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Not many expected a third-round, undersized defensive tackle from a non-Power 5 conference to be the first standout rookie of the 2018 NFL season, but then, not many expected Deadrin Senat to be here at all.

Senat, like many of the young men who grow up in Immokalee, Florida, should probably be in jail right now, like his brother and many of the friends he grew up with as part of the gang called the Village Boys. But he isn’t. Despite losing both of his parents, including his mother in a tragically sudden incident due to complications from a spider bite when Senat was 13, the defensive tackle persevered, leaving behind the gang life to pursue excellence on the football field.

That mission is now closer to being accomplished than ever before.

Spurred on by the desire to care for his older sister and her three kids, as well as honor the memory of his mother, Senat dominated at South Florida before moving onto the NFL as a third round pick this past spring. It didn’t take long for him to earn his way into the Falcons rotation, as his technique and block recognition gave him the opportunity to see the field early on.

Then, on Thursday Night Football to open the NFL season, this incredible human being who just happens to be a pretty dang good football player, gave All-Pro center Jason Kelce everything he could handle for four quarters.

My favorite trait of Senat’s in college, outside of the built-in leverage he plays with at six-foot, 314 pounds, was his vision through contact. What I mean by that is his ability to win first contact at the line of scrimmage with his eyes up, constantly locating the football so he can get in position to make a play.

In this play, Kelce tries to block back on Senat and seal him outside, but the defensive tackle stays leveraged, reduces his surface area and uses his hands to work over top of the block to make a stop after a short gain. Look at the body control and agility to shuffle laterally and get in position for the tackle. Top-notch stuff.

If Kelce has had one struggle in his career, it has been against powerful, squatty nose tackles who can get under his pads early in the rep. That describes Senat to a tee, as the defensive tackle consistently won initial contact against Kelce at the line of scrimmage all night long.

Great first step off the line of scrimmage, excellent pad level and perfect hand placement to anchor the weakside A-gap and force a hold on Kelce. The call was ticky-tacky, but Senat gets off that block if Kelce doesn’t get his left hand inside the defender’s right shoulder pad. Either way, Senat does his job perfectly to force Darren Sproles to stop his feet and cut back while still in the backfield. Veteran-like work.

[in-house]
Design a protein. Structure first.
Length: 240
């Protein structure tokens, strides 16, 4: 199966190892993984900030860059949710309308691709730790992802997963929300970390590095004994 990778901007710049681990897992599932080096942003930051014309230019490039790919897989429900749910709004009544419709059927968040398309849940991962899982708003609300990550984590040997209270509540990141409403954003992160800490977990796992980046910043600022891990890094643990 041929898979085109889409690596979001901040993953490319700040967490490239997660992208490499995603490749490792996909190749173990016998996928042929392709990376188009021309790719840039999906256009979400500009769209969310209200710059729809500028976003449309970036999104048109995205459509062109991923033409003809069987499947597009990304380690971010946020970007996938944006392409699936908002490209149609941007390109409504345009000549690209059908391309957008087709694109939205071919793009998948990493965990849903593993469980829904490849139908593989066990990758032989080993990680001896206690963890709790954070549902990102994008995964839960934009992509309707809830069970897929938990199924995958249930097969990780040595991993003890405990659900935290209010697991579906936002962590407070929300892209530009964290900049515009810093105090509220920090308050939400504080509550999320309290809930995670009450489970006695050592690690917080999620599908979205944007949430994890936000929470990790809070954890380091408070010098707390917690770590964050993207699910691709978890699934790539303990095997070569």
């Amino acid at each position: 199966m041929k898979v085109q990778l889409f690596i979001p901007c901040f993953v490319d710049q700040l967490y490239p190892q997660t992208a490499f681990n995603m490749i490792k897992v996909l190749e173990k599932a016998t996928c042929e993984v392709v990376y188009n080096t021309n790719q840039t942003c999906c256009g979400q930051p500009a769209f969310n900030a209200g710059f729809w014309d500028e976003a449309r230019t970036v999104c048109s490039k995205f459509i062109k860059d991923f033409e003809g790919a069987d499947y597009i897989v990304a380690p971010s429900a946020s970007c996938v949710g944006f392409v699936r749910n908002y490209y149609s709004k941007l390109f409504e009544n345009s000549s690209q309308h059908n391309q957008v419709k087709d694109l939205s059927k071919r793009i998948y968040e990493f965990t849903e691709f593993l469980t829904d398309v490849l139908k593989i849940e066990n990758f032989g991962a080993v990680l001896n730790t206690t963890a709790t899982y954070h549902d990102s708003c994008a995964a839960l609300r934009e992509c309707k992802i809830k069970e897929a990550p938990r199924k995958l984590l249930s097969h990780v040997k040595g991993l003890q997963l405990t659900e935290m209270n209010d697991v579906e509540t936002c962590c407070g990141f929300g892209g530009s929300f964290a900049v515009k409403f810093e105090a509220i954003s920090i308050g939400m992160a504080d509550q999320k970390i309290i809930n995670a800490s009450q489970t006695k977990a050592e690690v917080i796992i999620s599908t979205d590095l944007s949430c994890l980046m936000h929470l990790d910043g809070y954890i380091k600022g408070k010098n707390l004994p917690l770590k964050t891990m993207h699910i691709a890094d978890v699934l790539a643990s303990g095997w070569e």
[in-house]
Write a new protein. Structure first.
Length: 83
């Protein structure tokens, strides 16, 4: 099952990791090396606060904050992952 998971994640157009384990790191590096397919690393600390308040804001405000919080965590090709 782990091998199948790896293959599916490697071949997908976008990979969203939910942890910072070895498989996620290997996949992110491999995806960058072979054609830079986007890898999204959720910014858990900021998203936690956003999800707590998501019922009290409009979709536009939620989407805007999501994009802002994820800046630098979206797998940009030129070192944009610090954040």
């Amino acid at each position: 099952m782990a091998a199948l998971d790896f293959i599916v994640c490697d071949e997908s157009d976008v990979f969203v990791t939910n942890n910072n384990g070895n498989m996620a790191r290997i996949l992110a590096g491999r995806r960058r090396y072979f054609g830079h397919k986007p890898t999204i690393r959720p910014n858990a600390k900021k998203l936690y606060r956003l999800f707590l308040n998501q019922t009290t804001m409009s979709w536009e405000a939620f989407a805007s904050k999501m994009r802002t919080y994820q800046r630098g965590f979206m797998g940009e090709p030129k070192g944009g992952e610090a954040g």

Power, leverage, hand placement, awareness, vision, range, finishing ability. All of those traits on display in one play during Senat’s first NFL game against one of the best centers in the NFL. I mean, this play is just exceptional for anyone, let alone a rookie.

I love that Senat drives Kelce a few yards deep, but doesn’t bury him and lose the ball. So many young defensive tackles would go out in their first game overly-excited to reverse-pancake an offensive lineman, but Senat’s awareness to be mindful of his depth to the line of scrimmage and to where the ball is at all times is so impressive.

Does Senat have work to do as a pass rusher? Absolutely. He may never be a great three-down player, but the fact that he’s anything at all is an incredible story in and of itself. Senat’s ability to dominate the run, play with energy and range and provide Atlanta with a legitimate starting option at nose tackle next to Grady Jarrett is a huge hit for the Falcons in round three.

In fact, it’s turning out almost exactly like Senat predicted it would when I chatted with him at the NFL Combine in early March.

“A lot of people are saying that I’m not tall enough or I’m not the perfect height for this position. But I’ve been told that my whole life and I’m still proving a lot of people wrong, I just need an opportunity, and once I get the opportunity I’m going to take it and run with it.”

So far, so good, Deadrin.